Visiting Austin Downtown would not be complete without stepping on the ground of Texas State Capitol. All the roads that lead to Austin Downtown would let you bedazzled with a glimpse of this majestic landmark of Austin. Housing the chambers of Texas Legislature and governor’s office, State Capitol is the venue to catch an exciting story of Texas history and politics.
Sitting on two and a quarter acres land, Texas State Capitol was first designed in 1881 by Elijah E. Meyers – an architect who was later fired and the construction’s direction was taken over by a civil engineer – Lindsay Walker (1882-1888). Originally, the building was planned to be erected entirely using limestone but the high iron content in limestone which would discolor over time had triggered the builder to opt for pink granite instead. This iconic building has an approximately 400 rooms and more than 900 windows.
. Continue reading “Austin Top Attraction | State Capitol Complex – Texas History and Politics”
Bak Kut Teh, is literally translated as Pork Ribs Tea. But I think it is more meaningful to be called Pork Ribs Herbal Soup to detail this Malaysia/Singapore specialty. The mouth-watering Chinese savory soup is made from pork ribs which is simmered in a collection of Chinese herbs for several hours. It is also served with white rice or yam rice, ‘yu cha kui’ (fried dough stick), fresh raw garlic and oyster-sauced ice-berg lettuce.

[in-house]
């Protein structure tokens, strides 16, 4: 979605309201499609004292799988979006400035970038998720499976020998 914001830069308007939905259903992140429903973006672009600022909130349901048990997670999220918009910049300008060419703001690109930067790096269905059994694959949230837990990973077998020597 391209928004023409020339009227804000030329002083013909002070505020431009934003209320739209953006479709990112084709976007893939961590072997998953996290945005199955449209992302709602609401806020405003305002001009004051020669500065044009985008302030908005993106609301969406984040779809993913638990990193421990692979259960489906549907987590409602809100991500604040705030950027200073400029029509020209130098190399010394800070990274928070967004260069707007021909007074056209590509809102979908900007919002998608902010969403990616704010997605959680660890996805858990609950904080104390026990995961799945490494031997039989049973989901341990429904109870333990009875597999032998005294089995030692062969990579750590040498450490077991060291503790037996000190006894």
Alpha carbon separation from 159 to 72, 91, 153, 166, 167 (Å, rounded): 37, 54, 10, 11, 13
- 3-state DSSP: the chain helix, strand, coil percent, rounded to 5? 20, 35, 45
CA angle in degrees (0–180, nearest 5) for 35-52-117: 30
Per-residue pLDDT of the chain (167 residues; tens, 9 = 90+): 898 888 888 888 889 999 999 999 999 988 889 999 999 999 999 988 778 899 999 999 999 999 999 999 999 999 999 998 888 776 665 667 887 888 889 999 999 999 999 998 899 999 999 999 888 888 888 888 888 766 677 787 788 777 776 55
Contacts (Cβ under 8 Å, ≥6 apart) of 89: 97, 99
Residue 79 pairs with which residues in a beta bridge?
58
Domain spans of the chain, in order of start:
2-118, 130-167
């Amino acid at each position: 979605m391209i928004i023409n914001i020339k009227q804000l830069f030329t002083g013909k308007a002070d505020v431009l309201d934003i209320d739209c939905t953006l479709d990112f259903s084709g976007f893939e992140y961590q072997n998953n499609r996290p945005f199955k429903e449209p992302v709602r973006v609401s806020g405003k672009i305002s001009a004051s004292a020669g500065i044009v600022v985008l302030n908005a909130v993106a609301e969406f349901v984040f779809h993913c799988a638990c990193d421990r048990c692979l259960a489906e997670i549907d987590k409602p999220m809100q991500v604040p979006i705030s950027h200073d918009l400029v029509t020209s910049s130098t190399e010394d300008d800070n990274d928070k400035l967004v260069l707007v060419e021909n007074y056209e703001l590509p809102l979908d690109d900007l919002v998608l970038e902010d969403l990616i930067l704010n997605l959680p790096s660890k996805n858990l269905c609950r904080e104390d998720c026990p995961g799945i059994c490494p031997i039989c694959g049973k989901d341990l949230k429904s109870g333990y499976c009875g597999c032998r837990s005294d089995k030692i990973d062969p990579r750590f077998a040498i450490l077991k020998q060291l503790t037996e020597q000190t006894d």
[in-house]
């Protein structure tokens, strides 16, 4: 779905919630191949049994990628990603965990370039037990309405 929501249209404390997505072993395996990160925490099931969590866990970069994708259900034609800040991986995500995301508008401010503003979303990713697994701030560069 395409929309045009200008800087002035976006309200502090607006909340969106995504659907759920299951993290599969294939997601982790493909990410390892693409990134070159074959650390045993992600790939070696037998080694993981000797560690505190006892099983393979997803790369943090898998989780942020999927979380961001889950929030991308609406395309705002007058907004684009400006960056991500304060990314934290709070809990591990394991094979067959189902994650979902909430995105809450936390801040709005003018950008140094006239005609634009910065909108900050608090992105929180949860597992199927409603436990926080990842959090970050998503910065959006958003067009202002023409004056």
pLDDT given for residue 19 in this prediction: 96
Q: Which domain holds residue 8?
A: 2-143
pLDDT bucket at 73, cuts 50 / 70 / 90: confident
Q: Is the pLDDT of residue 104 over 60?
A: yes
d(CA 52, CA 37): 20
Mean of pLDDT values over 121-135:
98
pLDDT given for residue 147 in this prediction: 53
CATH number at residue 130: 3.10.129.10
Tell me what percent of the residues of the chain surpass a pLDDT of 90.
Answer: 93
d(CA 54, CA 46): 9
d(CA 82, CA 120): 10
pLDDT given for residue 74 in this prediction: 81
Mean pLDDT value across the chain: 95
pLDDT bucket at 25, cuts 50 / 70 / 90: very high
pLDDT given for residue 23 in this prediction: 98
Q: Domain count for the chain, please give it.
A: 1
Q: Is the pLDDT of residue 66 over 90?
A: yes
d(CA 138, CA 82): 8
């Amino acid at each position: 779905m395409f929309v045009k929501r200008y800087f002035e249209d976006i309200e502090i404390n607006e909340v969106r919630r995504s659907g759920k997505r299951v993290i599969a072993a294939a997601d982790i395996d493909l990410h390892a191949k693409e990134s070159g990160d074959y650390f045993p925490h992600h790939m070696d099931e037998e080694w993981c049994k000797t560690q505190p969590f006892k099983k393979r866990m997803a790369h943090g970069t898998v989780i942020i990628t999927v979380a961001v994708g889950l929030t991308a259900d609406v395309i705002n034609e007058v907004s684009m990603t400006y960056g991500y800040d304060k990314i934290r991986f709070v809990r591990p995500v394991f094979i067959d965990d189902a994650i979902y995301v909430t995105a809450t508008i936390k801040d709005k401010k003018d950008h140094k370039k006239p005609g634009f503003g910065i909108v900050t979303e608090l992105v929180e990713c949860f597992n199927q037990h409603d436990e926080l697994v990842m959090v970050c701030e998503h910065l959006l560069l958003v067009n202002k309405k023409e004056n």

Bak Kut Teh is a popular dish among South-East Asia Chinese but surprisingly, not among the typical Chinese in China. According to Wikipedia, Bak Kut Teh was first introduced to Malaya in 19th century by the coolies from Canton or Hong Kong as they ate to gain energy. That’s a bit of the history.
And how Bak Kut Teh is prepared? Usually back in my home country, my mom would get a pack of herbs from Chinese medicinal hall. They are later wrapped using a white linen and put in water to simmer with pork ribs. In my situation, I usually purchase a packet of A1 Bak Kut Teh from grocery store in Malaysia and then simmer with pork ribs for an hour or two.
. Continue reading “Home Kitchen Recipe | Bak Kut Teh – Pork Ribs Herbal Soup”
Last weekend, we had a short trip to Houston. Thank God, we stayed over night and we had more time to hang
around. As a result, we took this chance to drop by at Houston Hong Kong Market which is situated in Chinatown along Bellaire Blvd. Plenty of Asian ingredients and choices were available here. Everything looks appealing! And we were a bit confused where’s good to start!
As we strolled to the fresh vegetables section, my Significant Other kept reminding me not to buy perishable stuff since our traveling journey would take at least 3 hours from Houston to Austin. Otherwise, I think I’d bought a whole lot of month supplies. As we walked along the alleys, we fall for our first sight on lotus roots. I couldn’t resist but to get closer and started picking a few pieces. They were so pretty compared to what I used to see in Austin’s Asian Market. I was trying to justify in my mind that these roots were robust and should be able to pass the 3 hour-road test!